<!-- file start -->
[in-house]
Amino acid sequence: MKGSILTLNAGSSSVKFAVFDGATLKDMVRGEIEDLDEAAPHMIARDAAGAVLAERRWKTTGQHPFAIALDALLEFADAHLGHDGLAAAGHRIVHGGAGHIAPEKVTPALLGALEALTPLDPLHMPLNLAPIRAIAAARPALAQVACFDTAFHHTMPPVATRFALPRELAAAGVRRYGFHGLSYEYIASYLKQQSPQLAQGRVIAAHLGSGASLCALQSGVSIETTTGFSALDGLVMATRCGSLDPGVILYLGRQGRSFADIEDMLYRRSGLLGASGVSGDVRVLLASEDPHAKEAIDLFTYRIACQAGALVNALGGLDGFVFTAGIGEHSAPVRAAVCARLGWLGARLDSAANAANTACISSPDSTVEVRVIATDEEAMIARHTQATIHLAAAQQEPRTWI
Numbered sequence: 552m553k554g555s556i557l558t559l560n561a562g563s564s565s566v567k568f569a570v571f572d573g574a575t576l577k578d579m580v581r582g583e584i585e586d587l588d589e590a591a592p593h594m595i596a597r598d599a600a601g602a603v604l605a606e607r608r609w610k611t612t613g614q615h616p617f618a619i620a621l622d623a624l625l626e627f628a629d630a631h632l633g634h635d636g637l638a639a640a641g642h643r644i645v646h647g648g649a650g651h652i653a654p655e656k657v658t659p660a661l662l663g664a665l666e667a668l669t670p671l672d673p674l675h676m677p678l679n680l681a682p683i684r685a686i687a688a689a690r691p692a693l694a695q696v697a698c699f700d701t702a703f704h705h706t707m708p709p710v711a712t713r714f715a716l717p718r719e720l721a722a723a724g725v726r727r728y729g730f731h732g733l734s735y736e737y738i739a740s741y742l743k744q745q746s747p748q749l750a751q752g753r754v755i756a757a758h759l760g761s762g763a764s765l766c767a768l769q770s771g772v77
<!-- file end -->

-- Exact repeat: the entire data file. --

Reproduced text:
[in-house]
Amino acid sequence: MKGSILTLNAGSSSVKFAVFDGATLKDMVRGEIEDLDEAAPHMIARDAAGAVLAERRWKTTGQHPFAIALDALLEFADAHLGHDGLAAAGHRIVHGGAGHIAPEKVTPALLGALEALTPLDPLHMPLNLAPIRAIAAARPALAQVACFDTAFHHTMPPVATRFALPRELAAAGVRRYGFHGLSYEYIASYLKQQSPQLAQGRVIAAHLGSGASLCALQSGVSIETTTGFSALDGLVMATRCGSLDPGVILYLGRQGRSFADIEDMLYRRSGLLGASGVSGDVRVLLASEDPHAKEAIDLFTYRIACQAGALVNALGGLDGFVFTAGIGEHSAPVRAAVCARLGWLGARLDSAANAANTACISSPDSTVEVRVIATDEEAMIARHTQATIHLAAAQQEPRTWI
Numbered sequence: 552m553k554g555s556i557l558t559l560n561a562g563s564s565s566v567k568f569a570v571f572d573g574a575t576l577k578d579m580v581r582g583e584i585e586d587l588d589e590a591a592p593h594m595i596a597r598d599a600a601g602a603v604l605a606e607r608r609w610k611t612t613g614q615h616p617f618a619i620a621l622d623a624l625l626e627f628a629d630a631h632l633g634h635d636g637l638a639a640a641g642h643r644i645v646h647g648g649a650g651h652i653a654p655e656k657v658t659p660a661l662l663g664a665l666e667a668l669t670p671l672d673p674l675h676m677p678l679n680l681a682p683i684r685a686i687a688a689a690r691p692a693l694a695q696v697a698c699f700d701t702a703f704h705h706t707m708p709p710v711a712t713r714f715a716l717p718r719e720l721a722a723a724g725v726r727r728y729g730f731h732g733l734s735y736e737y738i739a740s741y742l743k744q745q746s747p748q749l750a751q752g753r754v755i756a757a758h759l760g761s762g763a764s765l766c767a768l769q770s771g772v77